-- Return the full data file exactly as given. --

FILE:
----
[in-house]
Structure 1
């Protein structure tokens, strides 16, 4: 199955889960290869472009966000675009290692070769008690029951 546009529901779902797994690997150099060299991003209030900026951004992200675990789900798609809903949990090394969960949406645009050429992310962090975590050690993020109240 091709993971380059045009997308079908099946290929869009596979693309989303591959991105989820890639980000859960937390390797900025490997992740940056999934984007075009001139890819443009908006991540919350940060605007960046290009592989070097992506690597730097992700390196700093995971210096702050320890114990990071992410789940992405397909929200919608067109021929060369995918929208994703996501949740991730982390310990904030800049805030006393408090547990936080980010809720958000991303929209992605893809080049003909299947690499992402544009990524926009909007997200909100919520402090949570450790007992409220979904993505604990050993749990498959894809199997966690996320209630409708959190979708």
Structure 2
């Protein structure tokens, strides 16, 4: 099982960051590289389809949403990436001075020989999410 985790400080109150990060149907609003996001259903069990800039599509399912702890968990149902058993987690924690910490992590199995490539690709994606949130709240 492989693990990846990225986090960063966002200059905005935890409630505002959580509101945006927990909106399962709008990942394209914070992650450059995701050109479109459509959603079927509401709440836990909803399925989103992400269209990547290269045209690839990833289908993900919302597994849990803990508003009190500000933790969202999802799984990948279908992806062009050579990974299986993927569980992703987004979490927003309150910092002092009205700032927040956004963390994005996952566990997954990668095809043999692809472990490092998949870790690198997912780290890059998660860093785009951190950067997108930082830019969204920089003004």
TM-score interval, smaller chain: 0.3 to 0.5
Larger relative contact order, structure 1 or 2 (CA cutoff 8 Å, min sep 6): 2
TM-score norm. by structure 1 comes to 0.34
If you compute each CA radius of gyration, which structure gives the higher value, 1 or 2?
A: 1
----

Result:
[in-house]
Structure 1
């Protein structure tokens, strides 16, 4: 199955889960290869472009966000675009290692070769008690029951 546009529901779902797994690997150099060299991003209030900026951004992200675990789900798609809903949990090394969960949406645009050429992310962090975590050690993020109240 091709993971380059045009997308079908099946290929869009596979693309989303591959991105989820890639980000859960937390390797900025490997992740940056999934984007075009001139890819443009908006991540919350940060605007960046290009592989070097992506690597730097992700390196700093995971210096702050320890114990990071992410789940992405397909929200919608067109021929060369995918929208994703996501949740991730982390310990904030800049805030006393408090547990936080980010809720958000991303929209992605893809080049003909299947690499992402544009990524926009909007997200909100919520402090949570450790007992409220979904993505604990050993749990498959894809199997966690996320209630409708959190979708």
Structure 2
């Protein structure tokens, strides 16, 4: 099982960051590289389809949403990436001075020989999410 985790400080109150990060149907609003996001259903069990800039599509399912702890968990149902058993987690924690910490992590199995490539690709994606949130709240 492989693990990846990225986090960063966002200059905005935890409630505002959580509101945006927990909106399962709008990942394209914070992650450059995701050109479109459509959603079927509401709440836990909803399925989103992400269209990547290269045209690839990833289908993900919302597994849990803990508003009190500000933790969202999802799984990948279908992806062009050579990974299986993927569980992703987004979490927003309150910092002092009205700032927040956004963390994005996952566990997954990668095809043999692809472990490092998949870790690198997912780290890059998660860093785009951190950067997108930082830019969204920089003004």
TM-score interval, smaller chain: 0.3 to 0.5
Larger relative contact order, structure 1 or 2 (CA cutoff 8 Å, min sep 6): 2
TM-score norm. by structure 1 comes to 0.34
If you compute each CA radius of gyration, which structure gives the higher value, 1 or 2?
A: 1